You may not know the name of Mike Diana, but you should. He is an underground comic artist who courted controversy and tackled challenging and provocative subject matter in his self-published series Boiled Angel. His gleefully, graphically grotesque artwork, influenced by comics legends like Bernie Wrightson and Jack Davis, depicted acts of sex and violence and was definitely not for all tastes.
One particular issue of Boiled Angel sold to an undercover police officer in his small Florida town led to Diana being ensnared in an ongoing murder investigation in the town of Gainesville and the first artist unjustly prosecuted and jailed on charges of obscenity. The Kafkaesque turn of events that resulted in Diana being banned during his three-year probation from producing any drawings or writings and becoming a lightning rod for artistic censorship is the subject of The Trial of Mike Diana, a new documentary from cult horror filmmaking legend Frank Henenlotter (Basket Case, Brain Damage). A Kickstarter campaign has been released for the documentary, and you can learn more about it and watch a trailer below.
The film comes from Henenlotter, producers Anthony Sneed and Mike Hunchback, and associate producer Caitlin McGurk. Their crowdfunding target goal is $40,000.
I’ll let the makers of The Trial of Mike Diana explain what this project is all about:
Does Freedom of Speech mean anything when authorities see only obscenity? Does an artist’s vision matter when community standards conspire to suppress it? In a small town in Florida back in 1994, Mike Diana learned that the answer was a resounding no. Freedom of Speech doesn’t mean anything when your art is declared obscene. And one man’s art could be another man’s obscenity.
Diana’s crime? Publishing a hand-made comic zine called Boiled Angel full of graphic, outrageous, often hilarious confrontational art, full of sex and violence, meant to shock and disturb. But it was a zine only sold to adults by mail. With a print run of only 300 copies, Diana’s zine was NEVER available in comic racks or in stores. And only one copy – count “˜em, one! – was ever sold to a customer in Diana’s hometown. And that one customer was an undercover cop!
Authorities in Florida were so appalled by Diana’s art that they first thought he was a serial killer! After determining that he wasn’t, they nevertheless decided to put him on trial for three counts of obscenity. Then, amazingly, the prosecution brought in a psychologist who testified that Mike’s comics could actually CREATE serial killers!
With an enraged community up in arms, Diana was found guilty. Though he only served four days in jail rather than the three years the prosecution asked for, he was put on probation for three years with a laundry list of regulations that included forbidding him to draw anything that MIGHT be considered obscene, even for his own pleasure in the privacy of his own home! And authorities were allowed to conduct warrantless searches to see that this was enforced.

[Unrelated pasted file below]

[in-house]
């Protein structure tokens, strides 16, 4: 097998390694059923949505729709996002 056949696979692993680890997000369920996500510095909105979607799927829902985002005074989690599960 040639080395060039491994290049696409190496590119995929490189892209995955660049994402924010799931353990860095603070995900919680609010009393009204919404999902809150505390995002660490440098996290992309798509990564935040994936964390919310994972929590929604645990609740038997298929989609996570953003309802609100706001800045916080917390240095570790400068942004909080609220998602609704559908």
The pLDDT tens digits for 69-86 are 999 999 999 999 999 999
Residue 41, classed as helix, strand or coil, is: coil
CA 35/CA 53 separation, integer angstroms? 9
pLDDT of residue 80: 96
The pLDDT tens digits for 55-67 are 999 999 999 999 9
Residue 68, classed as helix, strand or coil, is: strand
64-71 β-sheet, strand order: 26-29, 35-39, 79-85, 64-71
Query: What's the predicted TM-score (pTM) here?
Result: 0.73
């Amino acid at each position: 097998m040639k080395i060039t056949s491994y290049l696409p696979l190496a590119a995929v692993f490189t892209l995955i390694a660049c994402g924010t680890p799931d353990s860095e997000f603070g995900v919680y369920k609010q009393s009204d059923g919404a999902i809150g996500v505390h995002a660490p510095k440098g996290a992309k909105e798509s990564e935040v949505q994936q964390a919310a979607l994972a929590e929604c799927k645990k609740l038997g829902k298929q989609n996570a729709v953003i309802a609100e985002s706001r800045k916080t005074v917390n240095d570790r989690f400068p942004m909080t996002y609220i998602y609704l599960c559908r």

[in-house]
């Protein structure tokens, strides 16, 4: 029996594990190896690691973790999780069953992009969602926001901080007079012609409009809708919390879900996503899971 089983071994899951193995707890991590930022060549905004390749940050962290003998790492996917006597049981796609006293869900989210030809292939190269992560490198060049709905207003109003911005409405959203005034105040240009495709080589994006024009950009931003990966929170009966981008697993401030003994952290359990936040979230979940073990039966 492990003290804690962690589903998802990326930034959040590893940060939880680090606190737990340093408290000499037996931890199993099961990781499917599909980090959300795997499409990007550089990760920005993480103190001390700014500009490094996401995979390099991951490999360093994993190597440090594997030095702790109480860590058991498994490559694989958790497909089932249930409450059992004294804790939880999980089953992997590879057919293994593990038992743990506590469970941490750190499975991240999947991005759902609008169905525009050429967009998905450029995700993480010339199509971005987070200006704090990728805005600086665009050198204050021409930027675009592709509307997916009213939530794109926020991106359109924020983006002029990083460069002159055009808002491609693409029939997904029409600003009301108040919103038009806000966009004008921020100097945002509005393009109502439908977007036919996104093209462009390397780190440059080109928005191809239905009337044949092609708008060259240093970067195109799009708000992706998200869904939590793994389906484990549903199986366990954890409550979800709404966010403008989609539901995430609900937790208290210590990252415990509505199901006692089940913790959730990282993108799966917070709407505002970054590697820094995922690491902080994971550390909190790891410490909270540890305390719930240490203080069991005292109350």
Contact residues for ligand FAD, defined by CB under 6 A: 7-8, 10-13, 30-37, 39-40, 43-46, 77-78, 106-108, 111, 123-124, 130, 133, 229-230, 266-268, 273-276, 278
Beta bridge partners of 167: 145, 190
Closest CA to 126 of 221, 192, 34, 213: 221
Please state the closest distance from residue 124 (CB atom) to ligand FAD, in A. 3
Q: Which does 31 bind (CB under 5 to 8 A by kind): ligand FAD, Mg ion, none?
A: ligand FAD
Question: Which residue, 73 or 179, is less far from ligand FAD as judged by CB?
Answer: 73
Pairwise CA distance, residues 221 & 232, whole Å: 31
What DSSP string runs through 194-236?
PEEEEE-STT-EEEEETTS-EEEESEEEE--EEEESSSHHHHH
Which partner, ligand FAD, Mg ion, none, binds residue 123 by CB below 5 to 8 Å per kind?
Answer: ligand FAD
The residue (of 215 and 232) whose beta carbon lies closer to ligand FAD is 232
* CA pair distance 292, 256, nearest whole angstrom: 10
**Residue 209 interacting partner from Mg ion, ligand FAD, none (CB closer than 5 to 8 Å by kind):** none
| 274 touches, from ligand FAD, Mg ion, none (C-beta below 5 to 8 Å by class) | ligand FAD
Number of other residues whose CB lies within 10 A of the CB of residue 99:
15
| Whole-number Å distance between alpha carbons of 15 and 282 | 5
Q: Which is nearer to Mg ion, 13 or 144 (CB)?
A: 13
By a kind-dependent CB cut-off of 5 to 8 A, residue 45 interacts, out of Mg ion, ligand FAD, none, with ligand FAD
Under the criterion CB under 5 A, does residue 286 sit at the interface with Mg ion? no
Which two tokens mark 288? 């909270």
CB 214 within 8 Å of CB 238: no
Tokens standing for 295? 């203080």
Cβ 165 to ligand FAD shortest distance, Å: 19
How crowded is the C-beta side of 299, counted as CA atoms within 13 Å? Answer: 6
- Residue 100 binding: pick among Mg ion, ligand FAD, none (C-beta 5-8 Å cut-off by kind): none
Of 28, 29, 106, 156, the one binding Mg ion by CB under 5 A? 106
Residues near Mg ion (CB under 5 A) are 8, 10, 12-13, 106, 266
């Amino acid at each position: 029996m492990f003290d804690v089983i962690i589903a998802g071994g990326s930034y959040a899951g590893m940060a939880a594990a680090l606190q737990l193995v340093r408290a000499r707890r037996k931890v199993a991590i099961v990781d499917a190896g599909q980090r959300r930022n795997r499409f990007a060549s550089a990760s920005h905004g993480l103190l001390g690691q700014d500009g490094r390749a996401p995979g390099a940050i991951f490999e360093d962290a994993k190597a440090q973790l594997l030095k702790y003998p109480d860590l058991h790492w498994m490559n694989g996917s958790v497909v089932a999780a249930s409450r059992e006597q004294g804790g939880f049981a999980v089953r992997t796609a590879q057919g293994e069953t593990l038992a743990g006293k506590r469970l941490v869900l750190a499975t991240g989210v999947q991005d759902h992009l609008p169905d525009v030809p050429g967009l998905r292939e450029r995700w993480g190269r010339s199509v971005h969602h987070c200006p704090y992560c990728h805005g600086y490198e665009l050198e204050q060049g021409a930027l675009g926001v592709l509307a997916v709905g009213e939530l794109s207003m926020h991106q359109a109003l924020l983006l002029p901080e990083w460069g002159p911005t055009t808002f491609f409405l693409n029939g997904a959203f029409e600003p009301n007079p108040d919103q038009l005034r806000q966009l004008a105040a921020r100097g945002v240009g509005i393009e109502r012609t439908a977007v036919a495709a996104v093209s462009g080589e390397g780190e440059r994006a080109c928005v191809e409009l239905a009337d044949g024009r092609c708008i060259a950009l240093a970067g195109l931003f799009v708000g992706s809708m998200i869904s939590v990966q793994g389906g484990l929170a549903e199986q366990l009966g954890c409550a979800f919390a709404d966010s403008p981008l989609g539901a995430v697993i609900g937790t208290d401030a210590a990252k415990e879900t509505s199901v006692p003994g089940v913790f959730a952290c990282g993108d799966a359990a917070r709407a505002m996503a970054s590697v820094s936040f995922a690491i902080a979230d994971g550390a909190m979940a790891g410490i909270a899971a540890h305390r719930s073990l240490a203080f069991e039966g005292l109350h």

Of course, that all happened in 1994 but it’s worth reminding people how fast one can lose their First Amendment rights.
It might seem like obscenity charges are a thing of the past but as the recent past has repeatedly shown us, Freedom of Speech is something that must be continually fought and won. And, unfortunately, history has a way of repeating itself.
THE TRIAL OF MIKE DIANA is not only an urgent reminder of how authorities can dictate what adults may create, see, and read, but it’s also a multi-faceted celebration of one of the most unique artists of the last 30 years.
The filmmakers are planning to conduct new interviews with several of the principal characters involved with Diana’s case, including his defense attorney and the prosecuting, as well as famous artists and comics industry experts such as Neil Gaiman (one of the first prominent comics professionals to speak out in Diana’s defense), Peter Bagge, Suzy Solar, and Stephen Bissette. Naturally the documentary will feature extensive participation from Mike Diana himself, speaking out more than two decades later about his unexpected legal troubles and how they impacted his life and ambitions.
Head on over to the Kickstarter campaign page and find out how you can contribute to fund this very special and highly relevant film project. Perks for donors range from a holiday E-card illustrated by Diana and autographed DVD and Blu-ray copies of the finished documentary, to a friends and family screening in New York City and the chance to watch a movie with Henenlotter, Diana, and Sneed, among many more.
So far the campaign has raised over $10,000 of its $40,000 goal with 23 days left to go. This film must be made, and we can make it happen!